The past year has been a rough one for Penn West Petroleum Ltd. (TSX:PWT)(NYSE:PWE). It was caught flat footed when oil prices turned south as the last of its oil hedges rolled off, leaving it totally unprotected. This put the company in a real bind, as it was hoping to cash in on higher oil prices to fuel its turnaround plan. Now, it has had to be creative in order to shed debt and turn around its troubled business.
That creativity was on display last week after Penn West brought in $321 million in cash by selling royalties on some of its oil and gas properties. Under the terms of the deal, the company is selling an 8.5% gross overriding royalty in its working interests in parts of its Viking resource play in Saskatchewan, as well as some existing royalties and mineral title lands in Western Canada. Because of the royalty structure, the deal won’t meaningfully impact the company’s production or its cash flow.
Penn West plans to use the cash to pay down debt. In fact, it represents nearly half of the $650 million in dispositions that the company had planned for the year. If it can meet that goal, it would bring its debt down by 31% from its current level of $2.1 billion.
Reducing its debt is just one part of Penn West’s turnaround plan. All things considered, the company actually has had a lot of success so far, even if oil prices have forced the company to make additional changes. In fact, last year the company either met or exceeded five of the seven points of its turnaround plan.
Where the company has had the most success in the past year is in cutting its costs, while still maintaining production. Penn West took a two-pronged approach to costs, as it’s working to shave $200 million from its operating capex, which it expects to achieve this year. Moreover, despite the capex cut, Penn West still was able to deliver average production in the mid-point of its guidance.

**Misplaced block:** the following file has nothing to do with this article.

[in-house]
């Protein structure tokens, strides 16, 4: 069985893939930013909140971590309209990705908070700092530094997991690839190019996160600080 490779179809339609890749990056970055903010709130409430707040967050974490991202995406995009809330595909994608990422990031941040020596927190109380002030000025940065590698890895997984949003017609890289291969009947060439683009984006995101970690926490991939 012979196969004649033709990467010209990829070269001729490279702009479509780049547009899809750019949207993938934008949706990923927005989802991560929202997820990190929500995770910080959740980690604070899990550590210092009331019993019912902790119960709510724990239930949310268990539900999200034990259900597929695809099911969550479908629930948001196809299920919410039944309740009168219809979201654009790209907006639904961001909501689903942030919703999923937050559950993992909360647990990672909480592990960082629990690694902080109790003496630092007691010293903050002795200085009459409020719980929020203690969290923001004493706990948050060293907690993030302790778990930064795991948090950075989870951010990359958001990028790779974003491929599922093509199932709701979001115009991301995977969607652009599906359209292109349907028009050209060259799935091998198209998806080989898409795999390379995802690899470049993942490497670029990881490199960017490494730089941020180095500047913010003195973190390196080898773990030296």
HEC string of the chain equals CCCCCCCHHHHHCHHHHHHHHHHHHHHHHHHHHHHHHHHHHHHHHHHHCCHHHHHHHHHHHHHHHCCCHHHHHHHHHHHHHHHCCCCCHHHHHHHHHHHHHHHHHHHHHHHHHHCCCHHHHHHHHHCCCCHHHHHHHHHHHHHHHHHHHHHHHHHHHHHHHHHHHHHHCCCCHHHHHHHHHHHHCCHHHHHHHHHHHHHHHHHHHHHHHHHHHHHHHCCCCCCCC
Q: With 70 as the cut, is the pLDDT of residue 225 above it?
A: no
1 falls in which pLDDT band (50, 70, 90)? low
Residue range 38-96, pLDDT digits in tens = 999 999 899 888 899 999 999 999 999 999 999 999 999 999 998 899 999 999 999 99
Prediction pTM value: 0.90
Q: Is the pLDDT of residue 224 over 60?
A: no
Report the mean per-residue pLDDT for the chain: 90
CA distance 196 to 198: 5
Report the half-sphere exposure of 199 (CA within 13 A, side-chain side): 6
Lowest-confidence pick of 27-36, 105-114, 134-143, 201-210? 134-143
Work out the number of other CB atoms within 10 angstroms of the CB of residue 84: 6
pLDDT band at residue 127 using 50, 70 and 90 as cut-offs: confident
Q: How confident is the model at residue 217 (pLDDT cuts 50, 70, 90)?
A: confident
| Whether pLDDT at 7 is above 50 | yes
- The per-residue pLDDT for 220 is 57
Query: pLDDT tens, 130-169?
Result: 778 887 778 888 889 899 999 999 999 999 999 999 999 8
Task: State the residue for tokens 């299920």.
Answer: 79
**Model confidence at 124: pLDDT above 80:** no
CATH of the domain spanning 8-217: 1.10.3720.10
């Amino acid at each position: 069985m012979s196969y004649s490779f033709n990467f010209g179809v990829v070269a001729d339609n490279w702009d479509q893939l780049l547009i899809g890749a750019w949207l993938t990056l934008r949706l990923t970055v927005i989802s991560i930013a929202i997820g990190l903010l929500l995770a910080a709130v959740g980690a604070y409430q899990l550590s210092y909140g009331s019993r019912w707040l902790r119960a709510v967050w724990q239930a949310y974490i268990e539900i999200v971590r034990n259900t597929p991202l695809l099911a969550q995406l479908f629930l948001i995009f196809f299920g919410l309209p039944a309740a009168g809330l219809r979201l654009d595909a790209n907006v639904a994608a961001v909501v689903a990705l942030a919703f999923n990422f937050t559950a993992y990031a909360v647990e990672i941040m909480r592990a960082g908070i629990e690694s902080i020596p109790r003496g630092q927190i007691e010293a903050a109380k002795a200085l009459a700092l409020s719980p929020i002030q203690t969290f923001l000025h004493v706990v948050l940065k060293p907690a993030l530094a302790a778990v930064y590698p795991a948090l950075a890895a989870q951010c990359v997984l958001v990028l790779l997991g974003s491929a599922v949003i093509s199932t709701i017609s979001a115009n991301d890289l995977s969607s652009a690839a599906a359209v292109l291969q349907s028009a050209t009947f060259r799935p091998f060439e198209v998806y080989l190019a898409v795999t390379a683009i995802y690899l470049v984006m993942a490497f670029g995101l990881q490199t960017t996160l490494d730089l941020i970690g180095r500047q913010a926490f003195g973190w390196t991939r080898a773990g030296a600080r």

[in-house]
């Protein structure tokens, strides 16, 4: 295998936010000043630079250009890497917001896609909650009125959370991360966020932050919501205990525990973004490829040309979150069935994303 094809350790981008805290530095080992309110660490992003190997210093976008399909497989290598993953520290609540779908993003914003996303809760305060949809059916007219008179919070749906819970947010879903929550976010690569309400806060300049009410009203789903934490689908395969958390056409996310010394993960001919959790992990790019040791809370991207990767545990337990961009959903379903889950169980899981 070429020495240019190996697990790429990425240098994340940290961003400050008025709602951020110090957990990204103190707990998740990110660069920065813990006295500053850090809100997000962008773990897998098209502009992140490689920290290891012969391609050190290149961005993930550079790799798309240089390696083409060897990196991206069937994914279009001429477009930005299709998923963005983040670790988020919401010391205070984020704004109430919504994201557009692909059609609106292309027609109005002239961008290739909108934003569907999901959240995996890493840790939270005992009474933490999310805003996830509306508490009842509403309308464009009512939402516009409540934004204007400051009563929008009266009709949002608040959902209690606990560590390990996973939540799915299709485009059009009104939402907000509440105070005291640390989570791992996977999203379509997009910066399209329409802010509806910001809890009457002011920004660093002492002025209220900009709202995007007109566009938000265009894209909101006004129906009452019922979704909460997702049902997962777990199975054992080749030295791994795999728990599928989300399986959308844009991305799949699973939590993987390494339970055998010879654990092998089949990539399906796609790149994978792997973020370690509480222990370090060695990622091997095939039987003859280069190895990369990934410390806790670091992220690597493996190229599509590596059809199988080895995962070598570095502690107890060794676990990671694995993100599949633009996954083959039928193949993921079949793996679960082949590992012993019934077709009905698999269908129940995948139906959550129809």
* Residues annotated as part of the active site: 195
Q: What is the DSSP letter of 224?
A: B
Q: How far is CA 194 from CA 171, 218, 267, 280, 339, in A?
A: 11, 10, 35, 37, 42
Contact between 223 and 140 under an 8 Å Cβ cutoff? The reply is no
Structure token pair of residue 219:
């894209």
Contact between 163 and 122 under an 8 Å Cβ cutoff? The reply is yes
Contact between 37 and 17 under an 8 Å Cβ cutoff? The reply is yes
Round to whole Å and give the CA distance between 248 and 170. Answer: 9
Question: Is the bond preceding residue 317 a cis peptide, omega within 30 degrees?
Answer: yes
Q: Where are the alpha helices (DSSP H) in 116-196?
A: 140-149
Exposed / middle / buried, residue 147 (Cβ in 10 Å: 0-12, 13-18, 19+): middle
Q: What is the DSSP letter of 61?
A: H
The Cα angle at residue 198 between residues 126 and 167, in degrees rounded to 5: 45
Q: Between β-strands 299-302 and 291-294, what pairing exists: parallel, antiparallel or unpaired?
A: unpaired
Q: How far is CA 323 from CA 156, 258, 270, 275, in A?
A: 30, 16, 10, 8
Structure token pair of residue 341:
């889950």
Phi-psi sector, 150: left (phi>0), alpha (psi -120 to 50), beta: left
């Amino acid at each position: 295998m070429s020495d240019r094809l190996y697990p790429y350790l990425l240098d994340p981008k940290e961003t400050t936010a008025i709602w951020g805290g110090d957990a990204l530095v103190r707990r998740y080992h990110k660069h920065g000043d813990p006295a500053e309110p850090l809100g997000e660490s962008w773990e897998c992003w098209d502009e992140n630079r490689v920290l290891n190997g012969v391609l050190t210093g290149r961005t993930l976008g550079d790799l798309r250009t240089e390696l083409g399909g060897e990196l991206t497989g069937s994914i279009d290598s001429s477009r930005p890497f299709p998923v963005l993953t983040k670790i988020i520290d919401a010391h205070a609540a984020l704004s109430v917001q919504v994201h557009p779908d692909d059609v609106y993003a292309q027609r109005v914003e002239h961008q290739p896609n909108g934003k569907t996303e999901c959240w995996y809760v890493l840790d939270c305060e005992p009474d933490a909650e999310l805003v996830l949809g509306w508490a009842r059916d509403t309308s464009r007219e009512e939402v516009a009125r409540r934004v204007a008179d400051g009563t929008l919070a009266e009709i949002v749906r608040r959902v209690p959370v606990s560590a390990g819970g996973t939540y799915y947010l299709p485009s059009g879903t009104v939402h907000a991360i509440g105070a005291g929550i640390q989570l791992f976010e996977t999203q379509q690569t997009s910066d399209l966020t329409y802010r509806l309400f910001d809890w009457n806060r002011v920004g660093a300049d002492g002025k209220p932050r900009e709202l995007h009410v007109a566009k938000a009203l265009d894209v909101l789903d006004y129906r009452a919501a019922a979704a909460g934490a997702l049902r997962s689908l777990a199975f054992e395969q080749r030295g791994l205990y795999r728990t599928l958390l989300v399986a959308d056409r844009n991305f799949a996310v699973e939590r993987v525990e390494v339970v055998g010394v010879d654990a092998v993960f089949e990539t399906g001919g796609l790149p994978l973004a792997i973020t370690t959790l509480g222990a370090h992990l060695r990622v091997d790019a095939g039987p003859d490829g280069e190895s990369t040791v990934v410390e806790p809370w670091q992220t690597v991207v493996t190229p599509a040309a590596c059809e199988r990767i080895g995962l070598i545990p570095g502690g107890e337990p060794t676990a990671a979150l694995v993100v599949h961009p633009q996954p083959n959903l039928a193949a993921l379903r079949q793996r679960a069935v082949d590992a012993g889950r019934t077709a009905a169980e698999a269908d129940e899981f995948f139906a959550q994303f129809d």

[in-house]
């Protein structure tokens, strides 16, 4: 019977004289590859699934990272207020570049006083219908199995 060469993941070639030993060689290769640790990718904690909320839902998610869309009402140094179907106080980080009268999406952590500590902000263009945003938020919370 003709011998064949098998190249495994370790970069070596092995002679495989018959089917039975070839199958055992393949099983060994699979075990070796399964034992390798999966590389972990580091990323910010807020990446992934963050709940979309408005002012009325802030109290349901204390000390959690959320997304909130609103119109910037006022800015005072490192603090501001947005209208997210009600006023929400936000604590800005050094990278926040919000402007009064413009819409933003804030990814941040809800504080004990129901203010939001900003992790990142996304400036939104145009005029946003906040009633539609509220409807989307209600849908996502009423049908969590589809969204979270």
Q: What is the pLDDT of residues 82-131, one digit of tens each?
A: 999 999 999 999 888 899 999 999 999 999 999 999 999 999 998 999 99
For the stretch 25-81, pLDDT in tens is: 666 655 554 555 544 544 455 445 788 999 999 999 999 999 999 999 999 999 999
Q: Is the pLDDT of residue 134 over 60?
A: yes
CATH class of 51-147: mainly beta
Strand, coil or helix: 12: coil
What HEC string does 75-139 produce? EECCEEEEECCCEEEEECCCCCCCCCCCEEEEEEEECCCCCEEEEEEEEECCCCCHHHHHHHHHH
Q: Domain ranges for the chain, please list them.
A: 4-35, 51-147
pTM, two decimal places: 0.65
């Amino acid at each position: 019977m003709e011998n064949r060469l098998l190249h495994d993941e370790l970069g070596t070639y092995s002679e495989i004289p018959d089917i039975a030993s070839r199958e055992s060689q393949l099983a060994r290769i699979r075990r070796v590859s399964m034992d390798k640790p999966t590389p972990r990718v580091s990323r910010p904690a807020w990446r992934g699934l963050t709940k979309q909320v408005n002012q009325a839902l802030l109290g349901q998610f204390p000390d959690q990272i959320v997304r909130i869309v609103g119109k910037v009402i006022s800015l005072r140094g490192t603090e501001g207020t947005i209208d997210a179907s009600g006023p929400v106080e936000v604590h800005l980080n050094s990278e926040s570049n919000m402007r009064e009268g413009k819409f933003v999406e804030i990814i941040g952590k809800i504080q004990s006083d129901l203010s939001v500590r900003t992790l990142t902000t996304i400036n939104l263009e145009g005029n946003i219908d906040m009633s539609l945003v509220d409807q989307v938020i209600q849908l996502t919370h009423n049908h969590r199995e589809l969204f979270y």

The only place where the company has fallen short of its turnaround plan is in reducing its leverage, as its goal is to drop its leverage ratio from 2.1 times to 1.1-1.5 times. To get there, it plans to sell more assets, even after it sold $1 billion dollars in producing assets last year. However, its new target is to sell non-producing assets, as those won’t impact its production or its cash flow as.
The company estimates that it has up to $2 billion in non-producing assets that could be sold, including its position in the Duvernay. Its goal is to unload some of these assets by the first part of next year, which would put the company in a position to accomplish all seven of its turnaround goals.
Penn West continues to slowly make progress in its turnaround plan. It has worked hard to cut costs and sell assets without giving up too much of its production so that it can repair its balance sheet. While it still has a ways to go, it’s no longer as close to the brink as it had been at the end of last year.
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Fool contributor Matt DiLallo has no position in any stocks mentioned.